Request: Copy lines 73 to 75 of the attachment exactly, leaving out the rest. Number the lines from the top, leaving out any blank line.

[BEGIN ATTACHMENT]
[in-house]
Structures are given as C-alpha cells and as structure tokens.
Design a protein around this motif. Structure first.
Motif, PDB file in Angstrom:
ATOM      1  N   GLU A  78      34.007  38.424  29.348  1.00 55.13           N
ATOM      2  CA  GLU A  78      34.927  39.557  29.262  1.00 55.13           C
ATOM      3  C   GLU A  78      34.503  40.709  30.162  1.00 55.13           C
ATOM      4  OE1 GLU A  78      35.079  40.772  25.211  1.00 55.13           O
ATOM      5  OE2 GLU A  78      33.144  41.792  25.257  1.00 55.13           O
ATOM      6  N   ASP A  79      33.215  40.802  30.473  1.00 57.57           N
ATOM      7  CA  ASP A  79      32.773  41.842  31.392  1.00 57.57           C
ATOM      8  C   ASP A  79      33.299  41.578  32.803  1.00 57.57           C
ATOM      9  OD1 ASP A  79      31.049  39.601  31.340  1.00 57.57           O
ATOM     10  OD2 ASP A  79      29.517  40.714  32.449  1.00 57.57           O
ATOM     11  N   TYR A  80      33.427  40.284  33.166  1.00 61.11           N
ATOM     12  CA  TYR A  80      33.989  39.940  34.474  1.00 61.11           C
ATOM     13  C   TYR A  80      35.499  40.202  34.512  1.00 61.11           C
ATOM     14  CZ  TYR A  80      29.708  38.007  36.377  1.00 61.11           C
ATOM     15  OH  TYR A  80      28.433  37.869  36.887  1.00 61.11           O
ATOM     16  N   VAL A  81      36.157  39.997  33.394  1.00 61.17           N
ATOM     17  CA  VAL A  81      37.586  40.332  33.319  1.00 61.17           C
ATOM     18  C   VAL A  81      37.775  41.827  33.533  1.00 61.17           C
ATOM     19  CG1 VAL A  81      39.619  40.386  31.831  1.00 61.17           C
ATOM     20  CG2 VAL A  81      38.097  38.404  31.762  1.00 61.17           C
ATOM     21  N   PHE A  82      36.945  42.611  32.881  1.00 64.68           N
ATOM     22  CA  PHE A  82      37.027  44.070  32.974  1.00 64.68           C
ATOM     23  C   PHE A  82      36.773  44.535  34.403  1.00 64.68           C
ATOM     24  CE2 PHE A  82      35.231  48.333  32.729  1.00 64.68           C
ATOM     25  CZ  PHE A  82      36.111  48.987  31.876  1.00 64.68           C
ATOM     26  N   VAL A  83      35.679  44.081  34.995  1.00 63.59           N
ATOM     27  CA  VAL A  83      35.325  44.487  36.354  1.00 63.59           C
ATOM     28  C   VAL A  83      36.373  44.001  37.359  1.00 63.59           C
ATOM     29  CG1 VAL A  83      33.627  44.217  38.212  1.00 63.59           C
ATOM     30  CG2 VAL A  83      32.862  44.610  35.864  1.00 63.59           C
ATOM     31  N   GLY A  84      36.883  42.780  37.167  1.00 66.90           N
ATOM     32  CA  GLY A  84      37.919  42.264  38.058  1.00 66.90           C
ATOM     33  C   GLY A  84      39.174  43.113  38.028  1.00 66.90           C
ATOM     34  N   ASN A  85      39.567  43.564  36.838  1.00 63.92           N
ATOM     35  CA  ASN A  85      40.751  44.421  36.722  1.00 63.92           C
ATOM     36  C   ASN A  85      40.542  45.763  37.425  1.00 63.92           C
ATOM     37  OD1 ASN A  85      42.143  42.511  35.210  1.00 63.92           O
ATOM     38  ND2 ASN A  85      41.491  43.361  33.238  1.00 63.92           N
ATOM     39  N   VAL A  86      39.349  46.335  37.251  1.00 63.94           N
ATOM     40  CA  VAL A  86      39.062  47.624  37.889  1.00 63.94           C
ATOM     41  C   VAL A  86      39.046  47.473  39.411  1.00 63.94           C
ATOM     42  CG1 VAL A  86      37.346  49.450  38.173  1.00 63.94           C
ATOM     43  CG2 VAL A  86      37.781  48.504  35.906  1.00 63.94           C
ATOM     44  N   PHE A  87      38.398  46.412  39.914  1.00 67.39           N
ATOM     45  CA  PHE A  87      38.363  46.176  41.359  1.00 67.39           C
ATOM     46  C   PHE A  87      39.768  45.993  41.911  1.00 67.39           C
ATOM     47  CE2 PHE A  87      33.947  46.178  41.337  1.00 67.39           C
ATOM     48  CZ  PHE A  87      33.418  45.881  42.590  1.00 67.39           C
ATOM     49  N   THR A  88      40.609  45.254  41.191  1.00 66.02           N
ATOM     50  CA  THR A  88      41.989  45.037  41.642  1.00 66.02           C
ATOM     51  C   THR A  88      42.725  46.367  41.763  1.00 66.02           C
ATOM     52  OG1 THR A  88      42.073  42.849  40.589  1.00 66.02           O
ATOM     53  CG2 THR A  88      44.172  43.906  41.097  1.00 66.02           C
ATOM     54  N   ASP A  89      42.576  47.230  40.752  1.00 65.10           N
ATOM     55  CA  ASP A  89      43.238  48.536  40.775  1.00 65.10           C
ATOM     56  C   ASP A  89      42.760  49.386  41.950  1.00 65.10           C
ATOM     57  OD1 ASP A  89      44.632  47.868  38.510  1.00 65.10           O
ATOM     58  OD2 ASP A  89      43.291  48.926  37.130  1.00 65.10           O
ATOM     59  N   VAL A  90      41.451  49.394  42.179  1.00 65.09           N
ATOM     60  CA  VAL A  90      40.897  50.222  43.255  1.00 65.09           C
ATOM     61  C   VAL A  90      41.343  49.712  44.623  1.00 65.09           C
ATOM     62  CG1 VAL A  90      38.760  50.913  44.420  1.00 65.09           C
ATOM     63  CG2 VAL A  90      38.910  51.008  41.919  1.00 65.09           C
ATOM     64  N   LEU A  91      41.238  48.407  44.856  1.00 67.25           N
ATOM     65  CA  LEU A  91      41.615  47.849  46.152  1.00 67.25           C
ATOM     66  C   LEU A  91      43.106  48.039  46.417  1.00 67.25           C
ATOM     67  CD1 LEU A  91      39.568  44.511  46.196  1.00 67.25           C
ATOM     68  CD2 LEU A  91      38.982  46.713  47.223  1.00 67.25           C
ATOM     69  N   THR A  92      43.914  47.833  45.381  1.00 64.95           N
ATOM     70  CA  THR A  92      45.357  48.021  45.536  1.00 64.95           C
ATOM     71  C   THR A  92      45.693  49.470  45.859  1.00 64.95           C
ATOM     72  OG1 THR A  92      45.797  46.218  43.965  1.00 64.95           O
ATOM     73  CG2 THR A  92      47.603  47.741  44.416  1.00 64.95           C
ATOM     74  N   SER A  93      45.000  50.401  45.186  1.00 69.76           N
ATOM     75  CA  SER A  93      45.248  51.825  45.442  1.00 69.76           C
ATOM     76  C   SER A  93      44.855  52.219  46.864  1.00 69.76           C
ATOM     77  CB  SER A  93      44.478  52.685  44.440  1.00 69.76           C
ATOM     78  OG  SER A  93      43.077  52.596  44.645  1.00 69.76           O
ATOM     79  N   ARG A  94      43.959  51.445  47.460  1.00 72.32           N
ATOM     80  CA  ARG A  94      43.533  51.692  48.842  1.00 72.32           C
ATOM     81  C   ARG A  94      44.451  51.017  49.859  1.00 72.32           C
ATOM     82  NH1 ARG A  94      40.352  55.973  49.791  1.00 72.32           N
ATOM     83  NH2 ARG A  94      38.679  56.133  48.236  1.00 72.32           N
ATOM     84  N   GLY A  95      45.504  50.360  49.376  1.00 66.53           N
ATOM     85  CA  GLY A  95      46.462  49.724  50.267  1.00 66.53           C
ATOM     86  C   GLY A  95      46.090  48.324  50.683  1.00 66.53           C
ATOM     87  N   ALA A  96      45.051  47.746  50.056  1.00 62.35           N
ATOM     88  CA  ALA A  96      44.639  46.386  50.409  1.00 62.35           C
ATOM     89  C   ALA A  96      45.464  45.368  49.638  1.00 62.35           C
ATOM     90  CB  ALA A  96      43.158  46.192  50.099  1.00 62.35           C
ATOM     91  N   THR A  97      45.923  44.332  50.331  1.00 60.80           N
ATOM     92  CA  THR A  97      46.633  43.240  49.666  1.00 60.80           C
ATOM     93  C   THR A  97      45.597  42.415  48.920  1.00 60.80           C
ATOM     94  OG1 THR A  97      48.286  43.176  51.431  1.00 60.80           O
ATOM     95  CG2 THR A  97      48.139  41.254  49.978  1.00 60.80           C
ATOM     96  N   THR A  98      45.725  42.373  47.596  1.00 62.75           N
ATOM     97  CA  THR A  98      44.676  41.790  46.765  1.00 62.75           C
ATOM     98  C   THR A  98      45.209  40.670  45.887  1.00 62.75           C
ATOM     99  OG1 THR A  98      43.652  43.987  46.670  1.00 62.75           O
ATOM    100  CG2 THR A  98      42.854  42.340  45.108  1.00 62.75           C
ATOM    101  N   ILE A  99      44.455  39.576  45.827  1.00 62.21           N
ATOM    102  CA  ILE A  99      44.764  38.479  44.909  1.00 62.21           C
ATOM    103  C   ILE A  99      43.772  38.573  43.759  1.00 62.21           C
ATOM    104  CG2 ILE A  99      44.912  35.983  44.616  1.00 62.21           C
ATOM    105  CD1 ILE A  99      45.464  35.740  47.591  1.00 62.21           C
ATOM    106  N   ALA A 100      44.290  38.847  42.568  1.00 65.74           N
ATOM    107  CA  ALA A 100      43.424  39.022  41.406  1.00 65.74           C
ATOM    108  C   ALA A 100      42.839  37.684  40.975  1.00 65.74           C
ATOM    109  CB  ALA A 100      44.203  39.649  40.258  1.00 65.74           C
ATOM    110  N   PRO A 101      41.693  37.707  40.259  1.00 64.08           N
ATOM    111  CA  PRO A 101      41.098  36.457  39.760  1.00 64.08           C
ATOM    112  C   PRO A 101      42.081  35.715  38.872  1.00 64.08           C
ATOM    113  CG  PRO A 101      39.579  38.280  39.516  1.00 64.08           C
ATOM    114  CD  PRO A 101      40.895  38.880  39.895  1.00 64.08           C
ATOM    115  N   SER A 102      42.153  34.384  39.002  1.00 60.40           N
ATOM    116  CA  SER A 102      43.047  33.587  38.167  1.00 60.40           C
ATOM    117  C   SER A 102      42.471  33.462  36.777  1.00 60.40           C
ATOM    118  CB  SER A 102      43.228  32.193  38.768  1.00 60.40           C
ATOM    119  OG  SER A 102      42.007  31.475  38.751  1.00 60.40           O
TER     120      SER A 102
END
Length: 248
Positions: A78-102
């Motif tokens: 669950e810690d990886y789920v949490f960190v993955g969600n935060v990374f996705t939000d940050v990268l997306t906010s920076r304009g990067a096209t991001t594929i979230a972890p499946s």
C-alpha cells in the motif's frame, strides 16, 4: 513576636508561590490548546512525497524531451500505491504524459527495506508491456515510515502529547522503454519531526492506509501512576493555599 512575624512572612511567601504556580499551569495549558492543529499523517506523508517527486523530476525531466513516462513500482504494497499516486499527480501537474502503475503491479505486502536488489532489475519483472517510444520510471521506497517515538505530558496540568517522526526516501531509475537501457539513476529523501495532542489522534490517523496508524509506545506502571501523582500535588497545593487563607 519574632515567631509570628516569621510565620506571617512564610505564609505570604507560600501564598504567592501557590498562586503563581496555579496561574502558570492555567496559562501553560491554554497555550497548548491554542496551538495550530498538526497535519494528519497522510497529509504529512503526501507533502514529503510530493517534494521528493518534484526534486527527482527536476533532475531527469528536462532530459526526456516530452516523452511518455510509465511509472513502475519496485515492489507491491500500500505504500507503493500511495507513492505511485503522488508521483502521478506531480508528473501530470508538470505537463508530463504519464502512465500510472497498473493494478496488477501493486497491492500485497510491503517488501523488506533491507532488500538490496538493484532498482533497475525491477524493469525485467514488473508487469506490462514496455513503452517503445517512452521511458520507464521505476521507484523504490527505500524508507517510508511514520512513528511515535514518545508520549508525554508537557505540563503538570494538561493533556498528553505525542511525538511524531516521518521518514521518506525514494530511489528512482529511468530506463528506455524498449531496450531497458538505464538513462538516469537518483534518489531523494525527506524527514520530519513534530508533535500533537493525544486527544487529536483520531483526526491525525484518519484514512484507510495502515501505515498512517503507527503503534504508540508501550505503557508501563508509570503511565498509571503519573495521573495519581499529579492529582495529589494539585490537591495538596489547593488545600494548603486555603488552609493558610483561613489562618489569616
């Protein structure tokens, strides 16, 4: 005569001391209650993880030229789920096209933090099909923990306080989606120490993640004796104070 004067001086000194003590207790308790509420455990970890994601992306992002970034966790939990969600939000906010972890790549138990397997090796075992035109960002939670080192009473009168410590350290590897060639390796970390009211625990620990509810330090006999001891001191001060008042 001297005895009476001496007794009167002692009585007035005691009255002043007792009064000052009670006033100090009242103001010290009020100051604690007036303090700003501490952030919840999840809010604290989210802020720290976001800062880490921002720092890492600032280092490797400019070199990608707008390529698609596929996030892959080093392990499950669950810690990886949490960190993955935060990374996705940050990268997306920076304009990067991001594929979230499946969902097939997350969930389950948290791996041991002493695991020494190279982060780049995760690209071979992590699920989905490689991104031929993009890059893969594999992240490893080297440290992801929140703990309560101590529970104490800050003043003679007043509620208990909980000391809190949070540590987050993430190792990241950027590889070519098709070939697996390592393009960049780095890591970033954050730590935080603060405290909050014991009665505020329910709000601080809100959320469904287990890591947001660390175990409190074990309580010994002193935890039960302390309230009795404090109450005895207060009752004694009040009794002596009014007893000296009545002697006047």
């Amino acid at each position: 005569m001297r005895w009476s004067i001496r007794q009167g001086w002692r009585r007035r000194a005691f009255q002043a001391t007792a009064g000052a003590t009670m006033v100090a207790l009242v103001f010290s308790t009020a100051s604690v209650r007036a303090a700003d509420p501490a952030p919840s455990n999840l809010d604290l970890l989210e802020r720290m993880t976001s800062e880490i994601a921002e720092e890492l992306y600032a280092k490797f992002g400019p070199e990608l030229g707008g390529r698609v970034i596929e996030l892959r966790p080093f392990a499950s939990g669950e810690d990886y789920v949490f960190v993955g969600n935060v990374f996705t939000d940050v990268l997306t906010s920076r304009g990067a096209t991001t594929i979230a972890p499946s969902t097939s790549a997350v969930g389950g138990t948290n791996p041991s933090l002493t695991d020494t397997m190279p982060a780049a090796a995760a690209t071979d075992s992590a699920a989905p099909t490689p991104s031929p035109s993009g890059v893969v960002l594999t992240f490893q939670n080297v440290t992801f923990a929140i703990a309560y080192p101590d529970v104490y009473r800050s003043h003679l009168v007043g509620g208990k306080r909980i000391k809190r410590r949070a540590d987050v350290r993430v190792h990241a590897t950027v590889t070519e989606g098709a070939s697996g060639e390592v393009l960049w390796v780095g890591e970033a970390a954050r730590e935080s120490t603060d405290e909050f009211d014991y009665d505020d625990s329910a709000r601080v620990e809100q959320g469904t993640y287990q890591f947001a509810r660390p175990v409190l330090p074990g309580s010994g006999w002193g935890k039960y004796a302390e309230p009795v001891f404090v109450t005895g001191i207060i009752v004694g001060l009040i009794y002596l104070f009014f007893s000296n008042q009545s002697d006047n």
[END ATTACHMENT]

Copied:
ATOM     69  N   THR A  92      43.914  47.833  45.381  1.00 64.95           N
ATOM     70  CA  THR A  92      45.357  48.021  45.536  1.00 64.95           C
ATOM     71  C   THR A  92      45.693  49.470  45.859  1.00 64.95           C